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funding is synonymous with David vs. Goliath battles. The little guy pitted against the giant, armed with nothing but a slingshot is the metaphor of choice for funded minnows in dispute with large corporates.
But why should diminutive figures be the only ones using the mechanism of litigation funding?
Nick Rowles-Davies, Managing Director of Burford Capital (UK), discusses.
For many claimants, pursuing a case through litigation can be prohibitively expensive. The costs of lawyers and the unpredictable duration of a case act as deterrents to many who might want to make a claim, and litigation can be devastating should
the case go ahead but result in a loss that might result in having to pay the defendant’s costs as well.
But when David wants to tackle Goliath, litigation funding is how he can turn his slingshot into a burning crossbow – complete with the reality of not being scorched by the flames. Paying some or all of the fees for the claimant in a civil case
(as they pursue another business or entity over what is usually a business deal that suffered from the wrongs of the other party) the litigation funder takes on most of the financial risk. In the case of a win, the funder receives a share of
the proceeds, and if there is a loss, the investment disappears but leaves the claimant in no worse a position than they started.
Miller vs Caterpillar, a case in the United States, is the classic example of David vs. Goliath. At the heart of the case is Miller’s claim that Caterpillar misappropriated its trade secrets, which Caterpillar has denied.
To put itself on a level playing field, Miller, a family-run business in Northumberland, northern England, sought financing from various third party litigation funders, eventually entering into a contract that sparked further debate over third party funding
and confidentiality. The Illinois judge eventually supported Miller’s choice but emphasised the necessity of non-disclosure agreements when exchanging information with prospective funders.
On paper, big companies might appear not to need Third Party Litigation Funding. They have the financial security that smaller claimants lack and unlike a David-figure, they do not need to prove to the defendant that they cannot be bullied. As litigation
costs expert, Mark Beaumont, put it in the Financial Times (April 2014), “With an investor on David’s side, Goliath knows that the case has merit and will not go away through lack of funds.”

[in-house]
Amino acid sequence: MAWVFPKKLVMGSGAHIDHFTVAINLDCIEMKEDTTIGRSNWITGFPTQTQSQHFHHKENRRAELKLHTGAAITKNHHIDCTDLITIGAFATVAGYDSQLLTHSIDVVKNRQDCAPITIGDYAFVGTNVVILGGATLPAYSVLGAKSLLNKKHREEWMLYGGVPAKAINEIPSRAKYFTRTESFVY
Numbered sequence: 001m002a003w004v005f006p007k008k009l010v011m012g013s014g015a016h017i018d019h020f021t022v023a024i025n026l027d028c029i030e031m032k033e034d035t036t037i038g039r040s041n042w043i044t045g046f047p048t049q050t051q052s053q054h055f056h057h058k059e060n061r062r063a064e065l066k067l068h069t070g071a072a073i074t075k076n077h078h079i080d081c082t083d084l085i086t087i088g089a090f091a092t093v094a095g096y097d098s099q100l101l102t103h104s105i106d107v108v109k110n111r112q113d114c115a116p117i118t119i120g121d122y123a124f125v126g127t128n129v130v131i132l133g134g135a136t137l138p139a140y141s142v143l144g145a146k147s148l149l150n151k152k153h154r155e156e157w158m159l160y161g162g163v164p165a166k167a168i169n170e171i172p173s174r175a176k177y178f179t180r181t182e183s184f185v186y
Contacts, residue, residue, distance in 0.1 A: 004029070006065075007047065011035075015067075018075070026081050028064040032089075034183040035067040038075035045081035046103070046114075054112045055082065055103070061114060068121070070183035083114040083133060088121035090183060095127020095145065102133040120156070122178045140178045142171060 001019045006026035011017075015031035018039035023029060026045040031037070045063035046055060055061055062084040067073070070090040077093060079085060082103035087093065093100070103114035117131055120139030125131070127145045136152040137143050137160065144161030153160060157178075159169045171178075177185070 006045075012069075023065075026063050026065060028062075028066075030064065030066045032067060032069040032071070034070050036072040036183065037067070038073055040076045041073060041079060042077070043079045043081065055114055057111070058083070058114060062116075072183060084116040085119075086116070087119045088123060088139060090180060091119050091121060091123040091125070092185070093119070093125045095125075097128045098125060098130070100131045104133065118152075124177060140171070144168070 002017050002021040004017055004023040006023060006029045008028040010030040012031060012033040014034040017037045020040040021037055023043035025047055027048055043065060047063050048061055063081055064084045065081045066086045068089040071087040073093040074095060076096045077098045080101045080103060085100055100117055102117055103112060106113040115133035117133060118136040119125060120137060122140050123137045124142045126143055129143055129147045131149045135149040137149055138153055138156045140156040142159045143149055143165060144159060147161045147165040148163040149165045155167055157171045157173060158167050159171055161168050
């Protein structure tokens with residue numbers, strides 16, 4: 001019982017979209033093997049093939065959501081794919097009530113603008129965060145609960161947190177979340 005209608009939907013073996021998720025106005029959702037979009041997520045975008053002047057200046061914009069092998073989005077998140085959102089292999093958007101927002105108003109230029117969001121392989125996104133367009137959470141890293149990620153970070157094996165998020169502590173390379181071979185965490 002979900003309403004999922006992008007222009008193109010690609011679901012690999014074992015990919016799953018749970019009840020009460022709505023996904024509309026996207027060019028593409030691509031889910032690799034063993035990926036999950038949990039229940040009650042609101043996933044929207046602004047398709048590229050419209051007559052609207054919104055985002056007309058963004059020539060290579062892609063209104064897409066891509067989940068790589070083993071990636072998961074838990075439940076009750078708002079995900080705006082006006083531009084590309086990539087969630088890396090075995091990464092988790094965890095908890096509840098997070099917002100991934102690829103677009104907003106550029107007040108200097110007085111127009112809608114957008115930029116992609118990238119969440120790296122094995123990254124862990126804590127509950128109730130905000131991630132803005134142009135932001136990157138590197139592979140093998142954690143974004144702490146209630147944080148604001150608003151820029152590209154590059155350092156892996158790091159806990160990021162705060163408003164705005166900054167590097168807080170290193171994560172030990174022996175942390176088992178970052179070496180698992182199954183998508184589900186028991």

But if the claimant is also a Goliath, there is seemingly no longer the need for fiscal peacocking, so what is the point?
Large and financially secure companies are becoming more and more enticed by the reduced risk promised by Third Party Litigation Funding. When litigation begins, declaring the costs and risks creates a monetary drain that can be just as damaging for a
Goliath as it can impact on the share price and resources. If a funder agrees to back the case ,the drain is plugged and the risk transferred.
It is painfully evident how litigation costs have affected banks in the wake of the financial crisis and this is possibly the strongest example of the impact of risk, although it must be pointed out the cases are mainly to defend litigation rather than
to bring it.
With the aid of litigation funders, the risk of a large company being forced to tread water while it pays for litigation is greatly reduced. Funding allows the cash flow to continue to the places that need it rather than the litigation black hole.
For shareholders and investors, this means added security and for the stakeholders that means they can keep going. Being able to put up a “Business As Usual” sign on the shop door is a powerful statement, particularly now many economies, including
the UK, are emerging from pain of a deep recession and companies are seeking to grow stronger and improve their financial standing.
But for bigger companies to take advantage, there needs to be an understanding and open lines of communication between General Counsel and the CFO or Financial Director.
Burford’s own CFO, Miriam Connole, said in a recent article (that addressed the costs of arbitration) that the ‘knowledge and adaptability of CFOs’ must increase. The same applies in the case of litigation. CFOs must realise that through
some initiative, they can make a poignant difference in dealing with a case. Currently, a General Counsel may not be fully educated on the merits of funding, but more and more we are seeing CFOs becoming more alive to the benefits of litigation
This is paramount to the further success of Goliath vs Goliath cases, and conveys the need for the General Counsel to fully debate the value of third party litigation funding in future.
Nick Rowles-Davies is Managing Director of Burford Capital (UK) and author of Third Party Litigation Funding, due out in October.
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